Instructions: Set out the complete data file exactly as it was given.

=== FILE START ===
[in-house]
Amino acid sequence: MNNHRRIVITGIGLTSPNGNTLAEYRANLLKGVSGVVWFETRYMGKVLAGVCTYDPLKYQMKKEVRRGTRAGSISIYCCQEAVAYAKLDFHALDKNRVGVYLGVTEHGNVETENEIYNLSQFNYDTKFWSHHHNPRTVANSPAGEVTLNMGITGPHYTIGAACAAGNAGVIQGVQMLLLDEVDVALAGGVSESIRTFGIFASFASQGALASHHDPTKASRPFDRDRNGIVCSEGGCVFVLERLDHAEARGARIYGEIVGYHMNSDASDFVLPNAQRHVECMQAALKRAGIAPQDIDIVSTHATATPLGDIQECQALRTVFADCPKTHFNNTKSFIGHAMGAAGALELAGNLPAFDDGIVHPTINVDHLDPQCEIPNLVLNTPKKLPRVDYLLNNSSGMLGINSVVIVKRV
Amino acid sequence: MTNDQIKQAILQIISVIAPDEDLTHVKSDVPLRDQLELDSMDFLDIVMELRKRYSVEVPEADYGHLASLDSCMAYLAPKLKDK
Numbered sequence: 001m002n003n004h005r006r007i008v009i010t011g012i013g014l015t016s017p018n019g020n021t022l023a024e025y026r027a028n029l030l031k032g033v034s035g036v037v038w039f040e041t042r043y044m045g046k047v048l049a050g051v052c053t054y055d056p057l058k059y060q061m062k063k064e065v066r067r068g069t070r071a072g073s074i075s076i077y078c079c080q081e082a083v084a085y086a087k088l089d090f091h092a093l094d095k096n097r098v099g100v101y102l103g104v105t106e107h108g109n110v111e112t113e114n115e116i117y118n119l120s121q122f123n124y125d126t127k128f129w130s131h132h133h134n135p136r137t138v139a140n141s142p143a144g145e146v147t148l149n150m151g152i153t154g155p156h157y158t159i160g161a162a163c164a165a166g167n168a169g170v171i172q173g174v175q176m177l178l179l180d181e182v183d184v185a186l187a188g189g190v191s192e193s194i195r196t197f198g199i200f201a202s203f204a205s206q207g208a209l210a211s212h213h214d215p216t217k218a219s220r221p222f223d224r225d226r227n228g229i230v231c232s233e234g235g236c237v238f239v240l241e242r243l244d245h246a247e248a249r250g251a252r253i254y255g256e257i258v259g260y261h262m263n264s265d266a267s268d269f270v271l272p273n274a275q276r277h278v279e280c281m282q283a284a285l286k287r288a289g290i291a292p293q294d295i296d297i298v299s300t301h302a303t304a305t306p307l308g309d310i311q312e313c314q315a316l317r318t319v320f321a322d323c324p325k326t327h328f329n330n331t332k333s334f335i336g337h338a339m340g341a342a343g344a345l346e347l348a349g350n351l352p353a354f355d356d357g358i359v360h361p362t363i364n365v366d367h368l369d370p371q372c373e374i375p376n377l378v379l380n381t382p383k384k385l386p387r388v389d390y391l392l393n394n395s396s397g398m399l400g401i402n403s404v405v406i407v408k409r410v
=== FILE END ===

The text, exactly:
[in-house]
Amino acid sequence: MNNHRRIVITGIGLTSPNGNTLAEYRANLLKGVSGVVWFETRYMGKVLAGVCTYDPLKYQMKKEVRRGTRAGSISIYCCQEAVAYAKLDFHALDKNRVGVYLGVTEHGNVETENEIYNLSQFNYDTKFWSHHHNPRTVANSPAGEVTLNMGITGPHYTIGAACAAGNAGVIQGVQMLLLDEVDVALAGGVSESIRTFGIFASFASQGALASHHDPTKASRPFDRDRNGIVCSEGGCVFVLERLDHAEARGARIYGEIVGYHMNSDASDFVLPNAQRHVECMQAALKRAGIAPQDIDIVSTHATATPLGDIQECQALRTVFADCPKTHFNNTKSFIGHAMGAAGALELAGNLPAFDDGIVHPTINVDHLDPQCEIPNLVLNTPKKLPRVDYLLNNSSGMLGINSVVIVKRV
Amino acid sequence: MTNDQIKQAILQIISVIAPDEDLTHVKSDVPLRDQLELDSMDFLDIVMELRKRYSVEVPEADYGHLASLDSCMAYLAPKLKDK
Numbered sequence: 001m002n003n004h005r006r007i008v009i010t011g012i013g014l015t016s017p018n019g020n021t022l023a024e025y026r027a028n029l030l031k032g033v034s035g036v037v038w039f040e041t042r043y044m045g046k047v048l049a050g051v052c053t054y055d056p057l058k059y060q061m062k063k064e065v066r067r068g069t070r071a072g073s074i075s076i077y078c079c080q081e082a083v084a085y086a087k088l089d090f091h092a093l094d095k096n097r098v099g100v101y102l103g104v105t106e107h108g109n110v111e112t113e114n115e116i117y118n119l120s121q122f123n124y125d126t127k128f129w130s131h132h133h134n135p136r137t138v139a140n141s142p143a144g145e146v147t148l149n150m151g152i153t154g155p156h157y158t159i160g161a162a163c164a165a166g167n168a169g170v171i172q173g174v175q176m177l178l179l180d181e182v183d184v185a186l187a188g189g190v191s192e193s194i195r196t197f198g199i200f201a202s203f204a205s206q207g208a209l210a211s212h213h214d215p216t217k218a219s220r221p222f223d224r225d226r227n228g229i230v231c232s233e234g235g236c237v238f239v240l241e242r243l244d245h246a247e248a249r250g251a252r253i254y255g256e257i258v259g260y261h262m263n264s265d266a267s268d269f270v271l272p273n274a275q276r277h278v279e280c281m282q283a284a285l286k287r288a289g290i291a292p293q294d295i296d297i298v299s300t301h302a303t304a305t306p307l308g309d310i311q312e313c314q315a316l317r318t319v320f321a322d323c324p325k326t327h328f329n330n331t332k333s334f335i336g337h338a339m340g341a342a343g344a345l346e347l348a349g350n351l352p353a354f355d356d357g358i359v360h361p362t363i364n365v366d367h368l369d370p371q372c373e374i375p376n377l378v379l380n381t382p383k384k385l386p387r388v389d390y391l392l393n394n395s396s397g398m399l400g401i402n403s404v405v406i407v408k409r410v